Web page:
Since 1998 she has served as CEO and executive director of the Preservation Society of Newport County, protecting some of Rhode Island’s most historic properties. In that leadership role she has also made major contributions toward the success of the region’s tourism industry. The nonprofit owns 11 of the seaside mansions in Newport, and over the past decade the staff there worked to make those landmarks a top destination for visitors to the Ocean State, generating more than $100 million a year in economic activity.

“Trudy Coxe has devoted her adult life to making the world around her a better place for present and future generations,” said Terry Dickinson, assistant to the Preservation Society CEO. “Whether helping to save our fragile environment or preserving nationally significant, historic architectural treasures, Trudy has brought enthusiasm, passion and total commitment to the task.”

Coxe got her first taste of public service during her childhood in Pennsylvania. After a successful career in business, her father took a job as director of the Chester County Historical Society. “He recruited everyone in his family as volunteers,” she recalled. “Anytime we were free, he put us to work.”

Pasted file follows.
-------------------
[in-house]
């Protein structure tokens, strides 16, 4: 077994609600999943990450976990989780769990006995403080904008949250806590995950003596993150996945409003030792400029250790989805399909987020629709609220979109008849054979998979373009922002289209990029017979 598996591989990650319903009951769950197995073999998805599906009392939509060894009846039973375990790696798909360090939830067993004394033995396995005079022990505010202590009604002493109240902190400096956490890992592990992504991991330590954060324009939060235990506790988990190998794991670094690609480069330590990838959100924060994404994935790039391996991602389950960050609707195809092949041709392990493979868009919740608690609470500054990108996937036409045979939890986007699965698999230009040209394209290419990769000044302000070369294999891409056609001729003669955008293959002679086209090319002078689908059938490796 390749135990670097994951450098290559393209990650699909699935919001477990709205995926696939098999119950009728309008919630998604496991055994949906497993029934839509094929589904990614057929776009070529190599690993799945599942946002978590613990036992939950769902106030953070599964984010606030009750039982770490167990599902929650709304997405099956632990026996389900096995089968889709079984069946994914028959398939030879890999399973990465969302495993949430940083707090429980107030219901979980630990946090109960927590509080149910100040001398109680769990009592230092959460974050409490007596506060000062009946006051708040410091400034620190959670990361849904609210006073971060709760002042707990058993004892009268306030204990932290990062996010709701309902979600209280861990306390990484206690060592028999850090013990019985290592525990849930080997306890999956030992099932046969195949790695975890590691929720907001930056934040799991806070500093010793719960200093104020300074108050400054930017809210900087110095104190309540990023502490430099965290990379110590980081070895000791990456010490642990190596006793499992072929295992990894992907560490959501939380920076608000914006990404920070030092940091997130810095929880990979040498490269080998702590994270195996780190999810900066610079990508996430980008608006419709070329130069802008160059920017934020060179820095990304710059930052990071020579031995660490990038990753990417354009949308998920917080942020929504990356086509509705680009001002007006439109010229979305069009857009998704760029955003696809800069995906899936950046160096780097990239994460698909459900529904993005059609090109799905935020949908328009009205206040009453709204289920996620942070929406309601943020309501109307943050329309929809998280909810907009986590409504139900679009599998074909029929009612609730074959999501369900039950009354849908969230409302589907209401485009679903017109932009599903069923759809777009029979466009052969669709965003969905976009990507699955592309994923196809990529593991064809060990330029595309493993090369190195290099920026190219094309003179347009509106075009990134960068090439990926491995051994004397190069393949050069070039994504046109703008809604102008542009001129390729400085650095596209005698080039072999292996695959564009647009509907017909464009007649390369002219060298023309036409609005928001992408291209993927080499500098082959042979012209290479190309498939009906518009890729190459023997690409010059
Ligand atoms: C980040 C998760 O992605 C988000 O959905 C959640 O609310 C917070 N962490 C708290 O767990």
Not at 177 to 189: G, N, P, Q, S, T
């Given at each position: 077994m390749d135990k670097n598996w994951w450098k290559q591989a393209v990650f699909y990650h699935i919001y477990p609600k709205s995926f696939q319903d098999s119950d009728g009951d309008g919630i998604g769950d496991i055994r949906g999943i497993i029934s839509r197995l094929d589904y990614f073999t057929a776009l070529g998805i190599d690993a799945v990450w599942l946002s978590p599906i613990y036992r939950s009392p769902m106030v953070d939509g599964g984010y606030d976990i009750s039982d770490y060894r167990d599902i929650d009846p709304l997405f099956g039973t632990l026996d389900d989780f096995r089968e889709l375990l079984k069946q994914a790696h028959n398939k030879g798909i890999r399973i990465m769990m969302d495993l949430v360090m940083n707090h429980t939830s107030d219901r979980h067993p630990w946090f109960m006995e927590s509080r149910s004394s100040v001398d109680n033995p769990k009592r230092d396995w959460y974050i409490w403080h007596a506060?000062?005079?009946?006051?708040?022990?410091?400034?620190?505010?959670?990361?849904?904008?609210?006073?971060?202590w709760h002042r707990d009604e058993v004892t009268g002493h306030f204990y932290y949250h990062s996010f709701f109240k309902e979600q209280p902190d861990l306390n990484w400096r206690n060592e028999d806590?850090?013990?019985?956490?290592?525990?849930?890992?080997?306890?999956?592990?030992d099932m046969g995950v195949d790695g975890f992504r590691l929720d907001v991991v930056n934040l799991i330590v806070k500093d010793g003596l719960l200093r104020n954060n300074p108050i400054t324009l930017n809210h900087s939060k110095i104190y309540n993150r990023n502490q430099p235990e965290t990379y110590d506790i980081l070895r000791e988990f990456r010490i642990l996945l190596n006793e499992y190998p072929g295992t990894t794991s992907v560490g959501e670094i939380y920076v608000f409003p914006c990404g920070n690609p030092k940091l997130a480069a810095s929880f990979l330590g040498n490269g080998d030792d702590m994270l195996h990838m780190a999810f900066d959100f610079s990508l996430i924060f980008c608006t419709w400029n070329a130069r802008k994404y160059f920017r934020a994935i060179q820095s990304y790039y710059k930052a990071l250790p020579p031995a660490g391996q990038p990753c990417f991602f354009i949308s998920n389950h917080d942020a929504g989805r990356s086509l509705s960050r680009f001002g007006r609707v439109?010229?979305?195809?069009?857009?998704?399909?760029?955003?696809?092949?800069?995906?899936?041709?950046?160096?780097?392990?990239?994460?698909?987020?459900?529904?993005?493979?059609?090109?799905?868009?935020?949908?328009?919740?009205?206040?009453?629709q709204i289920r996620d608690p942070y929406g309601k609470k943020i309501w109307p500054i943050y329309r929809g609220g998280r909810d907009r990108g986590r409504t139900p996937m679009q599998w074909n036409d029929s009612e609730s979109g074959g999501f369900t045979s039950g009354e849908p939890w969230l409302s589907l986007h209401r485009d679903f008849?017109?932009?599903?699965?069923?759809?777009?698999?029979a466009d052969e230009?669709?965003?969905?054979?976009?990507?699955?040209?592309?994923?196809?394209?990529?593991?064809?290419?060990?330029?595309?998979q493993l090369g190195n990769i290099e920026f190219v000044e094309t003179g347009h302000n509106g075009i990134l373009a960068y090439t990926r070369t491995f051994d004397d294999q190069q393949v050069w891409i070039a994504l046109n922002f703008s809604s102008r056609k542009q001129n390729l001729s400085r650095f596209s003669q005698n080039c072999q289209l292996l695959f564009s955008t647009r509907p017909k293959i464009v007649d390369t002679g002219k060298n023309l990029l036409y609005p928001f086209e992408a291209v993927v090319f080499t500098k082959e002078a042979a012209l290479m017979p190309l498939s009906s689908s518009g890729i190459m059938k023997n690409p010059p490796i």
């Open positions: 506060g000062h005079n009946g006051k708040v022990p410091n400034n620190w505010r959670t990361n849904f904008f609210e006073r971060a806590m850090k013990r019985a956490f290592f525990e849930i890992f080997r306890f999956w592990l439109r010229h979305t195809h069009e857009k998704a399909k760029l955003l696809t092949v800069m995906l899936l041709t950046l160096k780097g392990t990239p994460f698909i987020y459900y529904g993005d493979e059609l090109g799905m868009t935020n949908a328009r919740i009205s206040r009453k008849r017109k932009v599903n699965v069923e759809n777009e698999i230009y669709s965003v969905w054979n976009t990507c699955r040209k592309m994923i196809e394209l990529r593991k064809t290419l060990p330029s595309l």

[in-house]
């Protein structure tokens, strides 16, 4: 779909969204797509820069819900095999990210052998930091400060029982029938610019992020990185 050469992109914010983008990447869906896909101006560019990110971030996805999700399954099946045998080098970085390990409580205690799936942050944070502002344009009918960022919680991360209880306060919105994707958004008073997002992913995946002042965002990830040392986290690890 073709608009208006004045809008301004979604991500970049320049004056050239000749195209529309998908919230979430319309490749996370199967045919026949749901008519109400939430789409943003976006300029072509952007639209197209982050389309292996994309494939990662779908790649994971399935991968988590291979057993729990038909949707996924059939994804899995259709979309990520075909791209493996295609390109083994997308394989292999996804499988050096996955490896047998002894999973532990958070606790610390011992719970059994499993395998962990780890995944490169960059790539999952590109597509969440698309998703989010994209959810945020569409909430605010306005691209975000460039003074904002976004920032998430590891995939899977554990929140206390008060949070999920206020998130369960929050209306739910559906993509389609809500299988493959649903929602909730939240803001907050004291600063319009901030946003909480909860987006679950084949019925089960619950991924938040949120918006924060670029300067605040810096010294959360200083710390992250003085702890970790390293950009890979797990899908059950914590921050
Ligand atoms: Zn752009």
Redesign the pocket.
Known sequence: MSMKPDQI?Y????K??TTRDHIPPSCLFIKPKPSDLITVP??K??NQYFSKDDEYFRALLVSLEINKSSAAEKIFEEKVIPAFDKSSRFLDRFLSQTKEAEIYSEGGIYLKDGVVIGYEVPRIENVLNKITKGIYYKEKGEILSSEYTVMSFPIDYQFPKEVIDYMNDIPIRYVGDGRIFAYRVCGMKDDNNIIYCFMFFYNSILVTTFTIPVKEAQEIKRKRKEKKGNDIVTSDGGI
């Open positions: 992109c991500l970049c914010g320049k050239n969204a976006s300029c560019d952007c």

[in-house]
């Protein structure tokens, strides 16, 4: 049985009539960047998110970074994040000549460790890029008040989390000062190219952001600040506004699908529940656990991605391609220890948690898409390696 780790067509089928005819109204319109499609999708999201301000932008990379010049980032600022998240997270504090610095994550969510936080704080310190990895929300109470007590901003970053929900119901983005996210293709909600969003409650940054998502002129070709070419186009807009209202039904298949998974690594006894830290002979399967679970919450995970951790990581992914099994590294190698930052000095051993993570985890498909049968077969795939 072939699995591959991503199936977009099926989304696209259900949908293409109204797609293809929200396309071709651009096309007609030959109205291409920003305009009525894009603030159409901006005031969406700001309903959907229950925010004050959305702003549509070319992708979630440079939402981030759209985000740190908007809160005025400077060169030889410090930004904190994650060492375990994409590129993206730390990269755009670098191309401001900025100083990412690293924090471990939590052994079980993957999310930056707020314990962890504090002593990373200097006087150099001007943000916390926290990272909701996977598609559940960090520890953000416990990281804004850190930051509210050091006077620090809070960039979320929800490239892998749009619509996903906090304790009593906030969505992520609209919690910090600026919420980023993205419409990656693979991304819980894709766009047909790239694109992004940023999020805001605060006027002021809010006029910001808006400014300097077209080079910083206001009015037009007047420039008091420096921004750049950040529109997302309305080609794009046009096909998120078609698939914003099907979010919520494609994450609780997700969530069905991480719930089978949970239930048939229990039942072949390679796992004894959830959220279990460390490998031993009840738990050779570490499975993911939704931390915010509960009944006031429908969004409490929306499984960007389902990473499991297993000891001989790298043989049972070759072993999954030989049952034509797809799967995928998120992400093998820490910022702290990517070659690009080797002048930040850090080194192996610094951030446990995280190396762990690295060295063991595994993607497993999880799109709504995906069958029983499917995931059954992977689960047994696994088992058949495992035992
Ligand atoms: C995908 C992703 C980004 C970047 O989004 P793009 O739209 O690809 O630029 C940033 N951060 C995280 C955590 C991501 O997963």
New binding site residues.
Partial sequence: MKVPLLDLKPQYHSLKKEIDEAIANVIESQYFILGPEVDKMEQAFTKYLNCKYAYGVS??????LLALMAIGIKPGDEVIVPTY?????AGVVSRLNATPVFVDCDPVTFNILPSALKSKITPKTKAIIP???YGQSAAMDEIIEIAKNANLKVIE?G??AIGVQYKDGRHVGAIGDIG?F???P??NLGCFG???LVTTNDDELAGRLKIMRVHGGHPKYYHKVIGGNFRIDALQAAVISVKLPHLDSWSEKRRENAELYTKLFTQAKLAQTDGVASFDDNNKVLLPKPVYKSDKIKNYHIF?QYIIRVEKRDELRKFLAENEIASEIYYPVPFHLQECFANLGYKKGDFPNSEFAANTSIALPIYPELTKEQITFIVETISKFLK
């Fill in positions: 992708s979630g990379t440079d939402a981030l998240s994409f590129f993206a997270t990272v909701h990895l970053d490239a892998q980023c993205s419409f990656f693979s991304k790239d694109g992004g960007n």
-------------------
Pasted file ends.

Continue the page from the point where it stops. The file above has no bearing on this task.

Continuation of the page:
As a young person she also spent every August at her grandparents’ home in Jamestown, which sparked her lifelong love affair with New England’s coastline. “My grandfather had us convinced that Narragansett Bay was our own private swimming pool,” she said.

Coxe earned a degree in history from Philadelphia’s Beaver College (now Arcadia University) and later studied at Harvard’s Kennedy School of Government, the Institute for Non-Profit Management and Radcliffe Institute.